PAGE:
September in the US means the end of summer vacation and the beginning of the school year. Kids spend more of their lives at school than anywhere else and I’d wager that more shows are set in schools than in any other setting. Even though school based shows have the same setting, some of them couldn’t be more different. I looked back at three such shows, Azumanga Daioh, His and Her Circumstances (Kare Kano) and The Melancholy of Haruhi Suzumiya. Each show could be described as a slice of life story about high school students, but each show is unique.
Of the three, His and Her Circumstances does the best job of capturing the high school experience. It centers around a romantic relationship between two overachievers. I could relate to the character’s concerns. They often worried about their future life paths and I distinctly remember how that felt, not knowing what my path was, apart from a strong desire to succeed. The petty rivalries illustrated by the show were also spot on. High School seemed all about gossip and I often worried what other people thought about me.
Haruhi Suzumiya has its own romantic tension between a feisty girl and an apathetic guy, but packages this conflict within a science fiction framework. It lacked the realism of His and Her but I enjoyed its stories of espers, aliens and time travelers. Kyon, the main male character, is one of the most likable male protagonists in any show. Unlike many male main characters, he doesn’t get overwhelmed by self doubt or self pity. He thinks for himself and sees the world for what it is. His down to earth personality is a good complement to Haruhi, whose outlandish schemes he tries to keep in check. This is a better choice for those who dislike shows that focus on relationships like His and Her Circumstances.
Azumanga Daoih takes the school genre in a different direction by showing the comedy of student life. The show opts for an ensemble cast instead of focusing on one main character. Each episode is made up of short vignettes without an overarching plot. This setup has been criticized as producing a show about nothing. But most of the scenes are quite funny and they provide a unique window into Japanese life.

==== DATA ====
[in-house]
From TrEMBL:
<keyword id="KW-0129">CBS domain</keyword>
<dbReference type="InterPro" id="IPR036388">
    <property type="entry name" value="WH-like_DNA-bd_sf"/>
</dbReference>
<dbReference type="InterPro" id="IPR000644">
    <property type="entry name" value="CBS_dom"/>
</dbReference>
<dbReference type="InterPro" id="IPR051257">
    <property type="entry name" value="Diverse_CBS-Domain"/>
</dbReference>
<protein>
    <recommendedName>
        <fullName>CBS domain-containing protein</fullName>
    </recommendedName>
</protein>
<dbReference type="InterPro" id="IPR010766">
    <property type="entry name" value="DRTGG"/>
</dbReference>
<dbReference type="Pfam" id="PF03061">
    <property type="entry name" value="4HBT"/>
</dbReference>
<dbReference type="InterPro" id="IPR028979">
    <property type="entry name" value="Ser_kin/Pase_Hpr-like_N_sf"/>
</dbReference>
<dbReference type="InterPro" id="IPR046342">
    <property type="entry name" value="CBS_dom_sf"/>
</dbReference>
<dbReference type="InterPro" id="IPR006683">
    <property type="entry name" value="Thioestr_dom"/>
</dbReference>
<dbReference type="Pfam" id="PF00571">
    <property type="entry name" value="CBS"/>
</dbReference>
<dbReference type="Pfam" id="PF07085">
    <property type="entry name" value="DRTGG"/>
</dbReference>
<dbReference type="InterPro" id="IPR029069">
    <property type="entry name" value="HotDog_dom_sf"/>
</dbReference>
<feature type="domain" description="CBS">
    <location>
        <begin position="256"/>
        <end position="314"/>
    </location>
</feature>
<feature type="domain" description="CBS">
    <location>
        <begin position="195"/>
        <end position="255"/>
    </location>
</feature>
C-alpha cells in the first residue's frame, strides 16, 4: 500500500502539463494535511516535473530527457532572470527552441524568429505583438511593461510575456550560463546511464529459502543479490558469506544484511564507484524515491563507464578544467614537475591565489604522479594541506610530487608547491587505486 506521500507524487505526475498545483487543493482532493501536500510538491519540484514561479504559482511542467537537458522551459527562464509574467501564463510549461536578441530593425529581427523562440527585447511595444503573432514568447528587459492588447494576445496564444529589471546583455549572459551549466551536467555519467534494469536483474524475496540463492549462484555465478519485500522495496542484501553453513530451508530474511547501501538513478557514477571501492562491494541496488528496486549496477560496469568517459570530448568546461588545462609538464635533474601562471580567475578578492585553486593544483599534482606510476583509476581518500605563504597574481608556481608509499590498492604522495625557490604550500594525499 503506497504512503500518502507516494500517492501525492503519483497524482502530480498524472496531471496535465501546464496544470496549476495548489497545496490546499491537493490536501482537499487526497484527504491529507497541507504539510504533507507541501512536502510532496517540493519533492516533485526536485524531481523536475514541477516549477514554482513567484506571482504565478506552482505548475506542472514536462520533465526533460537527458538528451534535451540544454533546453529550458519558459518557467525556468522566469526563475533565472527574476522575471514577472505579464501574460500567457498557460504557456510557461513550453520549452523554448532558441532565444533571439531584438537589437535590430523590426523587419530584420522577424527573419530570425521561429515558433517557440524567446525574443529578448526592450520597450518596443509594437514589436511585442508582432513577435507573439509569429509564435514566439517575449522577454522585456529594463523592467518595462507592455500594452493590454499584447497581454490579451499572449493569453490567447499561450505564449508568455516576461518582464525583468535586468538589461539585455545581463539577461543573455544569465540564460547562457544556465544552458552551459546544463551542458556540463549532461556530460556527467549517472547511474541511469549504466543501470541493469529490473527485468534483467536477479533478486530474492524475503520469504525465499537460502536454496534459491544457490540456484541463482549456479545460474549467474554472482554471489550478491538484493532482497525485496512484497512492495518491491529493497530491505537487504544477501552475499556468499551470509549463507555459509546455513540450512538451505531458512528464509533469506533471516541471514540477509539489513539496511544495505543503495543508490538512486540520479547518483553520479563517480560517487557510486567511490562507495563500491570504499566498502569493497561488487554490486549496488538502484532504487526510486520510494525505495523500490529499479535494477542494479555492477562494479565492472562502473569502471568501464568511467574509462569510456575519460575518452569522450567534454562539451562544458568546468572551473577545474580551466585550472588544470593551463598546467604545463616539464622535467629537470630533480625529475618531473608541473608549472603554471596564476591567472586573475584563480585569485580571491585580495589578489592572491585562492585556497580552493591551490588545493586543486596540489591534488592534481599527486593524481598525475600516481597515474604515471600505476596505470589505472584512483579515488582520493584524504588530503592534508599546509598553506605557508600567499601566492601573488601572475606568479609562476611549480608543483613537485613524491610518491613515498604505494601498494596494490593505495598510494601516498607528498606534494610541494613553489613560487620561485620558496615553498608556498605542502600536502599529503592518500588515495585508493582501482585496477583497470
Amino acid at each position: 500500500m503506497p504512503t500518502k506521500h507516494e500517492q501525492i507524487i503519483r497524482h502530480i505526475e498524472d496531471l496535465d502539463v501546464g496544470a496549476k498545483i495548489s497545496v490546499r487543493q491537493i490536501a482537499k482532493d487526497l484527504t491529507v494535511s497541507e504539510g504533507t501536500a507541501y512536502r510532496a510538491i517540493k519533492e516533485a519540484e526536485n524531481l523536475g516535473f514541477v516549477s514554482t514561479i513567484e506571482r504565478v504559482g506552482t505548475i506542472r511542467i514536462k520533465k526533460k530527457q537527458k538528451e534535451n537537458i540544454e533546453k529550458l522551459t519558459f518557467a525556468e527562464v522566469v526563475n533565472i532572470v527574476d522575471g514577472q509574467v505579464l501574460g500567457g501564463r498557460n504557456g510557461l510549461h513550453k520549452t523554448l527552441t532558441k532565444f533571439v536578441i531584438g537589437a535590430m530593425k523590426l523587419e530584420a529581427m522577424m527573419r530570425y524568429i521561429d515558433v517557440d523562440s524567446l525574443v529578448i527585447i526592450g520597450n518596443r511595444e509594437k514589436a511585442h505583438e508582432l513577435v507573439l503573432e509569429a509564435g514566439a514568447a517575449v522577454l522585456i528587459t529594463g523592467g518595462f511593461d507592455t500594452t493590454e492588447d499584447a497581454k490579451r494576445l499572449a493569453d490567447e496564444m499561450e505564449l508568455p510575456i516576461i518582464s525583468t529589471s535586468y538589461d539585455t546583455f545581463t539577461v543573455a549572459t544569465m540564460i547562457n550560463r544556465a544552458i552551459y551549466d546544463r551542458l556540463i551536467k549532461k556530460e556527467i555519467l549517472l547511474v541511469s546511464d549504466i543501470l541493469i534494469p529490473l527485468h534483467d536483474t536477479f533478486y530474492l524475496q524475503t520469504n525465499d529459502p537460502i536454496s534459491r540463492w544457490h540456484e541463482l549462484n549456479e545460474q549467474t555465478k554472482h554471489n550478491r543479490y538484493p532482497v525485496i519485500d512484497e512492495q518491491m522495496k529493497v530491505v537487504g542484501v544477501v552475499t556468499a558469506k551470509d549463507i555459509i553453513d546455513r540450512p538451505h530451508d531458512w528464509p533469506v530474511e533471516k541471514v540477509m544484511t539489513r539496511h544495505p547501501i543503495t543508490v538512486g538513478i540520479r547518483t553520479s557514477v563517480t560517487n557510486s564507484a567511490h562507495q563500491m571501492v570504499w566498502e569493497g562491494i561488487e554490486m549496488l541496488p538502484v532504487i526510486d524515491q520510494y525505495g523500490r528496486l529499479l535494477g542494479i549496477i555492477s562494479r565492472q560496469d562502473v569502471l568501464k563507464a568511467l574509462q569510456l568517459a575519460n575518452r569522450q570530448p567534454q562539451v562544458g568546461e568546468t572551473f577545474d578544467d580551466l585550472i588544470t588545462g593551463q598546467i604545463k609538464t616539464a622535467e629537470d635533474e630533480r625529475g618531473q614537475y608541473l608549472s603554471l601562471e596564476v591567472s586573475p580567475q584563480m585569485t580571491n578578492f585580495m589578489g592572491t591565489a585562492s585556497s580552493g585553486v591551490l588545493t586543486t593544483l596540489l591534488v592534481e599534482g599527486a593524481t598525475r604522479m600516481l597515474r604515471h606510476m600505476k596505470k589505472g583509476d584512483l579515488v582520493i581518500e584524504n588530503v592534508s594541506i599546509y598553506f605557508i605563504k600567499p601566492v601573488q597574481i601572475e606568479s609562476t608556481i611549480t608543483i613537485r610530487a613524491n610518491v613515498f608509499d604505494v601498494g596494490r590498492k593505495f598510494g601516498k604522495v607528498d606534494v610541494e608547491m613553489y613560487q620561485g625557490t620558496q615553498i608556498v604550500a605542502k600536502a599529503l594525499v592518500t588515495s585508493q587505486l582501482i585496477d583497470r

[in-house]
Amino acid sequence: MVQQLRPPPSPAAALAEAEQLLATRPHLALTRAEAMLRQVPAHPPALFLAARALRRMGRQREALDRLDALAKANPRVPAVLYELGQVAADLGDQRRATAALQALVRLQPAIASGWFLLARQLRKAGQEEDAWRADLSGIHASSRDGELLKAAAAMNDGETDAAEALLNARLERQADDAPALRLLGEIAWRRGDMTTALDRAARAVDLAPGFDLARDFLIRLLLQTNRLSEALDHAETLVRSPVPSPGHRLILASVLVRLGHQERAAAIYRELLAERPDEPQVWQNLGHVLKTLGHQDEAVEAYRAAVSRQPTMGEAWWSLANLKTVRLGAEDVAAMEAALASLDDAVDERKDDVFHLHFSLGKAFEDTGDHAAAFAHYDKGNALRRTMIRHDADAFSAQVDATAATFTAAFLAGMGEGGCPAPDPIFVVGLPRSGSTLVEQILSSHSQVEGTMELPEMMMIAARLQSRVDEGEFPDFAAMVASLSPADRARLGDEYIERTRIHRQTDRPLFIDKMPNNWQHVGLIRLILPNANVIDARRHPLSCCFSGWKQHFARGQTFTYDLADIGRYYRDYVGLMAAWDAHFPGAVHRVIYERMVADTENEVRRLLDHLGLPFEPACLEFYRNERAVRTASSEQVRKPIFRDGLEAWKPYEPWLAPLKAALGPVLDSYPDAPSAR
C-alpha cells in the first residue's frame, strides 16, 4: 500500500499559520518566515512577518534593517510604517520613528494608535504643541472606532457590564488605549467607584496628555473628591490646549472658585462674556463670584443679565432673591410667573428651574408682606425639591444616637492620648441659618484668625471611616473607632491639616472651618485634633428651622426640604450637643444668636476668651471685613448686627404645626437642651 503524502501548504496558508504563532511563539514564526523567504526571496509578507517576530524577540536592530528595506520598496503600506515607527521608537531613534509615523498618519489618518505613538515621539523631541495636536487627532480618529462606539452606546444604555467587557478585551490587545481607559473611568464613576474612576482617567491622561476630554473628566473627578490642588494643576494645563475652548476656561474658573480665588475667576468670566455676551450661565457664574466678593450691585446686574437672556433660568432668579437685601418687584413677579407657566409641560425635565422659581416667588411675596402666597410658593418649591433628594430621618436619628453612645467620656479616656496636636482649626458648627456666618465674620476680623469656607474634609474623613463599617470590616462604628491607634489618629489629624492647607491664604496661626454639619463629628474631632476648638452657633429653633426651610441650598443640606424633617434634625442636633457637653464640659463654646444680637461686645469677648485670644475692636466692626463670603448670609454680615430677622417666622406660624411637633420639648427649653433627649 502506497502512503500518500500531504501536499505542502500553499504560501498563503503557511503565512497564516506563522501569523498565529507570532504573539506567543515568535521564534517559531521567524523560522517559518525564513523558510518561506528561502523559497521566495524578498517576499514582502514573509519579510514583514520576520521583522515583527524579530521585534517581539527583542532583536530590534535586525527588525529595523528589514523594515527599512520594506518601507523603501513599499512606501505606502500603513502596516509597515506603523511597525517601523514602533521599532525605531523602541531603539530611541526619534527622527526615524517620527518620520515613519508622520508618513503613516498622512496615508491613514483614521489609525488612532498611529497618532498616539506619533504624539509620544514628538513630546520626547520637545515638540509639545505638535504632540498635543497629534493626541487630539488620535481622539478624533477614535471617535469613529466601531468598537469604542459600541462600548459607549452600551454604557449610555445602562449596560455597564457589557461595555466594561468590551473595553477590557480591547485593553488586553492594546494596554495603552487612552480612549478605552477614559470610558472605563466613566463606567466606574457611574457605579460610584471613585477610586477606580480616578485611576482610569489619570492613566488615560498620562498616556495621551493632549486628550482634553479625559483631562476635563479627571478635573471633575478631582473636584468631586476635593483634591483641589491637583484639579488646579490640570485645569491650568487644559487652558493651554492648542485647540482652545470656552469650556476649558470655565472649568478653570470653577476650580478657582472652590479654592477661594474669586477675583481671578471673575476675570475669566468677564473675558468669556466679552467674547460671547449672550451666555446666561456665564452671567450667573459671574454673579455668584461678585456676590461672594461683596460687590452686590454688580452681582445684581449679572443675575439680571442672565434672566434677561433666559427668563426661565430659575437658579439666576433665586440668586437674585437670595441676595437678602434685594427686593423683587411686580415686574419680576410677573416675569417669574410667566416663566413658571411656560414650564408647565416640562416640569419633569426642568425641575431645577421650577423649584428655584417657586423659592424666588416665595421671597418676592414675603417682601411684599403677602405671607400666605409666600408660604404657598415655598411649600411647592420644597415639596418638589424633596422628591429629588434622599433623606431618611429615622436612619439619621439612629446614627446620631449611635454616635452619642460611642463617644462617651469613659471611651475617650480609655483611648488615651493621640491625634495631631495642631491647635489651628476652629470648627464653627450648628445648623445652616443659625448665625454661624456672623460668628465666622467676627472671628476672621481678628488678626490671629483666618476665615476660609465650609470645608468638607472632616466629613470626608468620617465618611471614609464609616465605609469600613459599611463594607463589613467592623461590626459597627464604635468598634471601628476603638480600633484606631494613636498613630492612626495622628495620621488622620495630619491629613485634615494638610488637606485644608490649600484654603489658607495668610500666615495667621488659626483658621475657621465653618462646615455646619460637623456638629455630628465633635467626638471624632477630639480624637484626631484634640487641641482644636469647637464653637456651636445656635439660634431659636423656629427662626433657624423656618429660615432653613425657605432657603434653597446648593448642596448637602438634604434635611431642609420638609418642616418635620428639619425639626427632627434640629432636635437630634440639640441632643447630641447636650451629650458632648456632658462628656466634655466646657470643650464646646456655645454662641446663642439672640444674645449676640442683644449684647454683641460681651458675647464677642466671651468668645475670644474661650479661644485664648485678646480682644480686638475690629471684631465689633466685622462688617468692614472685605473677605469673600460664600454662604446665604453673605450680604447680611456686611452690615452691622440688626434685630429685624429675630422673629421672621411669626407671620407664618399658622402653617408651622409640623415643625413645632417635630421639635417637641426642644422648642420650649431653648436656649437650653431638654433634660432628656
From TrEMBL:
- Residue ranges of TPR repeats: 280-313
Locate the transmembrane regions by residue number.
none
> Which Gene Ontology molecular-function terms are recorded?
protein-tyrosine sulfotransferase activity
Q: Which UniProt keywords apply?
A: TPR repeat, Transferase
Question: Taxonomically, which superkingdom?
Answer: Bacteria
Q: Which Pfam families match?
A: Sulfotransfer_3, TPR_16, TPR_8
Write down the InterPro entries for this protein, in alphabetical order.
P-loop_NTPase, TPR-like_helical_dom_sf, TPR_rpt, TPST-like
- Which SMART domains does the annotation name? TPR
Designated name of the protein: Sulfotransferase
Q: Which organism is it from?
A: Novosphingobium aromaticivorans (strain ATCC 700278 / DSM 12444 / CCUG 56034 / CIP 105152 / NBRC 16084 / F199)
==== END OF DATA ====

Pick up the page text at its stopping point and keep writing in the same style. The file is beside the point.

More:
The differences between the shows are vast but several themes appear in each. Insecurity is a problem that concerns many of the characters. The students in the shows compare themselves to their classmates on everything from their level of popularity to sports aptitude to even their bust size. I think these insecurities stem from realistic teenager concerns. Teenagers are after all discovering themselves.
Relationships, romantic or platonic, were another common focus. His and Her Circumstances does a standout job here. Both main characters strove to be first in academics and sports but often felt detached from their classmates. They discover kindred spirits in each other. And, crucially, a solution to loneliness that no amount of individual success could fix. Azumanga Daioh avoided romantic relationships and instead focuses on groups of friends. While a friendship might not seem as serious as a romantic relationship, it can often be just as important, particularly for high school students. Lovers may come and go, but it’s your friends that gets you through high school.
These three shows are just a drop in the high school show bucket. Great Teacher Onizuka, Ouran High School Host Club, K-On!, Utena, Gokusen, the list goes on. I don’t think you can account for the large number of school anime just because the setting is familiar. Instead the large number reflects how important school is to us. The dreams and neurosis of high school have a power over us that don’t go away when we graduate.